Britain’s unemployment rate now stands at 7.9% or 2.49m – a rise of 38,000 in the three months to June. This means the unemployment total is now at its highest level since February 2010, according to the Office for National Statistics. The number claiming out of work benefits also surged by 37,100 last month – the biggest jump since May 2009.
The data came as a surprise to many in the City. Analysts had predicted that unemployment would fall by about 10,000 over the quarter. This optimism was partly based on the fact that unemployment dropped by 26,000 in the three months to May, and that the labour market had weathered the worst of the financial crisis reasonably well.
There are now fears that Britain’s sluggish economic recovery could be close to grinding to a halt. Earlier this month it was revealed that Britain’s economy grew by just 0.2% in the second quarter of the year, bringing a strong foreboding for the jobs market. Firms are less likely to hire new workers if growth is weak, particularly in the private sector. The coalition is depending on private companies to offset some of the job losses in the public sector as the austerity programme takes hold.
Which makes the new enterprise zones, the government’s latest plan to kick-start the UK economy, all the more crucial. Today marks the launch of the government’s second wave of enterprise zones - areas which are designed to attract people to starting a business. Benefitting from ‘£150m in tax breaks over four years and new superfast broadband,’ Chancellor George Osborne said the sites would be ‘trailblazers’ for prosperity throughout the country. When the first zones were announced, there were questions over some of the placements (Greater Manchester’s was based at Manchester Airport). But this time round the locations seem more promising.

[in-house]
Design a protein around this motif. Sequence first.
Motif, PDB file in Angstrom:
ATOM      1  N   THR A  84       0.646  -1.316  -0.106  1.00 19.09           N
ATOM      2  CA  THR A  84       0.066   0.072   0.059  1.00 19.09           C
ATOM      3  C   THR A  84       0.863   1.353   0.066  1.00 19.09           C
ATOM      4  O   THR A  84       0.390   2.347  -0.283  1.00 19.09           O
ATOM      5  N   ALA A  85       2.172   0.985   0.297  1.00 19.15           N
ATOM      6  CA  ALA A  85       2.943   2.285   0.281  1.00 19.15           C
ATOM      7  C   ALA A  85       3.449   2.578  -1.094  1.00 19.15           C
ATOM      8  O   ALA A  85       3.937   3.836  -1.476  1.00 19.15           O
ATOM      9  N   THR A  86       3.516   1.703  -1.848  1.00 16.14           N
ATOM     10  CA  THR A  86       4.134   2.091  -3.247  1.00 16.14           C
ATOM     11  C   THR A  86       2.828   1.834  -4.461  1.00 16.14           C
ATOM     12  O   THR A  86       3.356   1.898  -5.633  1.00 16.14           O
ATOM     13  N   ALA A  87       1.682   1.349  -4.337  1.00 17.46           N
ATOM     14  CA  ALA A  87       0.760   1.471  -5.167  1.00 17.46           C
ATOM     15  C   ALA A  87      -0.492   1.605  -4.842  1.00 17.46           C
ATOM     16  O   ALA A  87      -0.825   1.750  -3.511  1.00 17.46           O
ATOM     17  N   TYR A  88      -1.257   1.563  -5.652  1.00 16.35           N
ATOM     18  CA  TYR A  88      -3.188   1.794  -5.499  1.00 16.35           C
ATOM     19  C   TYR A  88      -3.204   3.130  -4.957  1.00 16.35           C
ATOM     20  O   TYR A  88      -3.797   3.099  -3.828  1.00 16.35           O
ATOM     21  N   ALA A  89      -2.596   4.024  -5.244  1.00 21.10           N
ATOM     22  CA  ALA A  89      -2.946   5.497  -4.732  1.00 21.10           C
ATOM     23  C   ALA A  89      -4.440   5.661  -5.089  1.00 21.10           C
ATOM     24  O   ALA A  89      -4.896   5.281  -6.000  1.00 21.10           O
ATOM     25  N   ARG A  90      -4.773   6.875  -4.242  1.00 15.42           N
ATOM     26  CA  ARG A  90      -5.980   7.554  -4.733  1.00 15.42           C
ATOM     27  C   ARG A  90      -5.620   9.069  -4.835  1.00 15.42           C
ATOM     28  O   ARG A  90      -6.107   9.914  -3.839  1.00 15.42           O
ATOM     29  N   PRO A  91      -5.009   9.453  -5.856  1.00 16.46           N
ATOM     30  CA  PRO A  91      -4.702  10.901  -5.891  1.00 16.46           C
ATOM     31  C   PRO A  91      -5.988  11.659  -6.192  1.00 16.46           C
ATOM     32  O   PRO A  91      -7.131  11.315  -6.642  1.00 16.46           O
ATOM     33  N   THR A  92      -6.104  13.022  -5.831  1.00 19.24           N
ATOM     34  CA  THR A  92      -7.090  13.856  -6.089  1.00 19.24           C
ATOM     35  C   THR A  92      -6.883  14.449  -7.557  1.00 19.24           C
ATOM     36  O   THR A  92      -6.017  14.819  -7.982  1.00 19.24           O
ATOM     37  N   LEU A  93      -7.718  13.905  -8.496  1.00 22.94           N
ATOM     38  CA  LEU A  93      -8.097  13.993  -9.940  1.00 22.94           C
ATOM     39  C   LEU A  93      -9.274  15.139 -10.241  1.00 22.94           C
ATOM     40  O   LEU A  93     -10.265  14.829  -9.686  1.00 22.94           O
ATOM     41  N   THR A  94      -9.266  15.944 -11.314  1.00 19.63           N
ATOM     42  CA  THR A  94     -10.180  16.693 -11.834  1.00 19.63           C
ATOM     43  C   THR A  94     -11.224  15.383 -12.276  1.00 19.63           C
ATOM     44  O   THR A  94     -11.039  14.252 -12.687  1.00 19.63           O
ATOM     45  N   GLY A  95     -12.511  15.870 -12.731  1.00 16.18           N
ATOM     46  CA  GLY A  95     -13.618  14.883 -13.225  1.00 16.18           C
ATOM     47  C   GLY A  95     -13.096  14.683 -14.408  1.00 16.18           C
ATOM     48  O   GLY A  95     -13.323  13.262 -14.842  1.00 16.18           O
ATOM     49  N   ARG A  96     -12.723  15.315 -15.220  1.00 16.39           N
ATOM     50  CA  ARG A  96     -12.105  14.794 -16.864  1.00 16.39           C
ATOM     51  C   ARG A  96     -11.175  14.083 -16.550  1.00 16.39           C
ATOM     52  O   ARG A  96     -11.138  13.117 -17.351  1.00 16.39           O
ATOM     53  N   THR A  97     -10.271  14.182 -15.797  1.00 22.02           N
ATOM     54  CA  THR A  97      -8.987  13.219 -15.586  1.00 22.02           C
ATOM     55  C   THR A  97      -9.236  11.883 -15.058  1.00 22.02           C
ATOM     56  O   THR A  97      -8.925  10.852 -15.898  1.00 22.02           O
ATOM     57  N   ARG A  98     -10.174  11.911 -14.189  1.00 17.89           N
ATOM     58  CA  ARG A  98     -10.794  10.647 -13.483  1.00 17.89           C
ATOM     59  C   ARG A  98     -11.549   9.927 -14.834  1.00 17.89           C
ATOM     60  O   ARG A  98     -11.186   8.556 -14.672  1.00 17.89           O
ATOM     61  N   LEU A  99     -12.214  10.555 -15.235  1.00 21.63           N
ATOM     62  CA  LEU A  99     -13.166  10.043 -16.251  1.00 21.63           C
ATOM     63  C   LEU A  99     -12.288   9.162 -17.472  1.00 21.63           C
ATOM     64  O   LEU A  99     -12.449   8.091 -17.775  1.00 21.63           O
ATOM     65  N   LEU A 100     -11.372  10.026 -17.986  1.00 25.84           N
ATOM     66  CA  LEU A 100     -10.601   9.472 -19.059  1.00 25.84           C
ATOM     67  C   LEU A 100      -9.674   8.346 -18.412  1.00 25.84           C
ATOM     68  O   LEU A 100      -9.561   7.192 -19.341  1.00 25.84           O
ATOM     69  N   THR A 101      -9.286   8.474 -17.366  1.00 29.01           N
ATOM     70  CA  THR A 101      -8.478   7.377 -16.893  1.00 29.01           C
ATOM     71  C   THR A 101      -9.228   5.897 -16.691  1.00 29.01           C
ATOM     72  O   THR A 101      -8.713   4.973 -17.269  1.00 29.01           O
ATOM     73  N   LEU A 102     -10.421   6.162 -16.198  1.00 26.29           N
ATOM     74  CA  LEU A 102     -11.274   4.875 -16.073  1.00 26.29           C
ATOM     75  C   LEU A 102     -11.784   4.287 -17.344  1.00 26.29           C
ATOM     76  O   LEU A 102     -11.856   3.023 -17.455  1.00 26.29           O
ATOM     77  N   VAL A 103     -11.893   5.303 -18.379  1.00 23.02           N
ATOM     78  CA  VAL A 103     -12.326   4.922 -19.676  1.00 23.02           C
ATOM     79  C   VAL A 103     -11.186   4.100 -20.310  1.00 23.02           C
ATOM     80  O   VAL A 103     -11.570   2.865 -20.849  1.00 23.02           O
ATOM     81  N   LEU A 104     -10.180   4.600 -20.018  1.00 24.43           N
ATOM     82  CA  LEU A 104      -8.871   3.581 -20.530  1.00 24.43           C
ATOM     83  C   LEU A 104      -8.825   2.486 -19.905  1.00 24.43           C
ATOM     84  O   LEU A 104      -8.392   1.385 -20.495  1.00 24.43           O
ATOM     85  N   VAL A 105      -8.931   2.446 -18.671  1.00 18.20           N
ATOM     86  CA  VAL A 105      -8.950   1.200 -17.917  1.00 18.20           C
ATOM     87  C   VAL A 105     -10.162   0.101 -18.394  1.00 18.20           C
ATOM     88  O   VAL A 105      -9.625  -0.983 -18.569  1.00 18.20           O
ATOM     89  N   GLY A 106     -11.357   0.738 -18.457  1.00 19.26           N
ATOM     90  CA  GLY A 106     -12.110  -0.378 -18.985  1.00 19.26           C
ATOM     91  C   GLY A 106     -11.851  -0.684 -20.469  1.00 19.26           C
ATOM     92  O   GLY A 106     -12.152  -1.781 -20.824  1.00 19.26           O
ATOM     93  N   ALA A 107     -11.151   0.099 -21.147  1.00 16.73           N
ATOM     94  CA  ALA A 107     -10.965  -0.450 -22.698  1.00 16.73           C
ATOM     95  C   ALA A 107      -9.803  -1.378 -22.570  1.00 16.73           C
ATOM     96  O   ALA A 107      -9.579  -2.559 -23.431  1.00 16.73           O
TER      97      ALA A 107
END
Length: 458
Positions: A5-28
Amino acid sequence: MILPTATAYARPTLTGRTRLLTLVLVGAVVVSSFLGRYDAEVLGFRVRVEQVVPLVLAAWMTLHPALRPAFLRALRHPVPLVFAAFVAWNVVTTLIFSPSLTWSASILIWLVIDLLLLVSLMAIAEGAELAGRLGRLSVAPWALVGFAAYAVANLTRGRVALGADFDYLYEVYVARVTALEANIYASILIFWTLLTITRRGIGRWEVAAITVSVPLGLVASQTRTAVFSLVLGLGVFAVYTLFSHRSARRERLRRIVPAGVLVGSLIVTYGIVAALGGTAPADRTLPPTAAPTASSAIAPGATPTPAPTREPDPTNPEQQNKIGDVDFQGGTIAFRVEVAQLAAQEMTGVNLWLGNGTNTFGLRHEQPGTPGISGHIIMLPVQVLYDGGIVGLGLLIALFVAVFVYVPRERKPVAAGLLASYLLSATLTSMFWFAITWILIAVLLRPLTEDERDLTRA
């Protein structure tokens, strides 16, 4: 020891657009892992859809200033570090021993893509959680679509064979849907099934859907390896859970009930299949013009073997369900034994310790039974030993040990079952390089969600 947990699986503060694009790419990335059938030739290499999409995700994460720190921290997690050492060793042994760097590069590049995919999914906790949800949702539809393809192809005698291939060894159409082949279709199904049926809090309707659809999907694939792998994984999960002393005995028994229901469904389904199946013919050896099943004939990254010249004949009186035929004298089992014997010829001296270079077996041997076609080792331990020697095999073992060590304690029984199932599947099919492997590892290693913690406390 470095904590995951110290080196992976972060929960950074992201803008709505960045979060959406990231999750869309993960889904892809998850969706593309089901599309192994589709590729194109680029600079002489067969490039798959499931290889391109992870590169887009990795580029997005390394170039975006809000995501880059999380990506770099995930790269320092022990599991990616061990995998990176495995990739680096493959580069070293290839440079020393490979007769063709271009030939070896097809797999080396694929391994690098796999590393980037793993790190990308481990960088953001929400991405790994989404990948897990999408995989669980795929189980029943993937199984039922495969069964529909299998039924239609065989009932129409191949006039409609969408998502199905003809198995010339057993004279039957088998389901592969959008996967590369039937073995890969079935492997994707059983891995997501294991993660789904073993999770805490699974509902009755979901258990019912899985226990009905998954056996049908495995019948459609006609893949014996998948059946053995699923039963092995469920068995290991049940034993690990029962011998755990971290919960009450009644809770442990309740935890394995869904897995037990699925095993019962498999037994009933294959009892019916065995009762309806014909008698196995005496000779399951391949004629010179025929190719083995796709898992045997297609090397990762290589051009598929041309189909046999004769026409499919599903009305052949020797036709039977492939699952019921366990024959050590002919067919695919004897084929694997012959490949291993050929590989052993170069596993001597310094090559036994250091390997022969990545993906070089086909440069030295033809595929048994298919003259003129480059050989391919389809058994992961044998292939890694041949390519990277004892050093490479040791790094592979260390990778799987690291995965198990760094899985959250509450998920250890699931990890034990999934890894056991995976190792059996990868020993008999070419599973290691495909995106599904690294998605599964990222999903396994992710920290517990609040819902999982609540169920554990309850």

The government also predicted the zones would create more than 30,000 new jobs by 2015. But as unemployment has risen by more than that in three months alone, the PM is bound to face doubt over the government’s tough austerity programme and more questions about whether enough is being done to boost growth in the UK.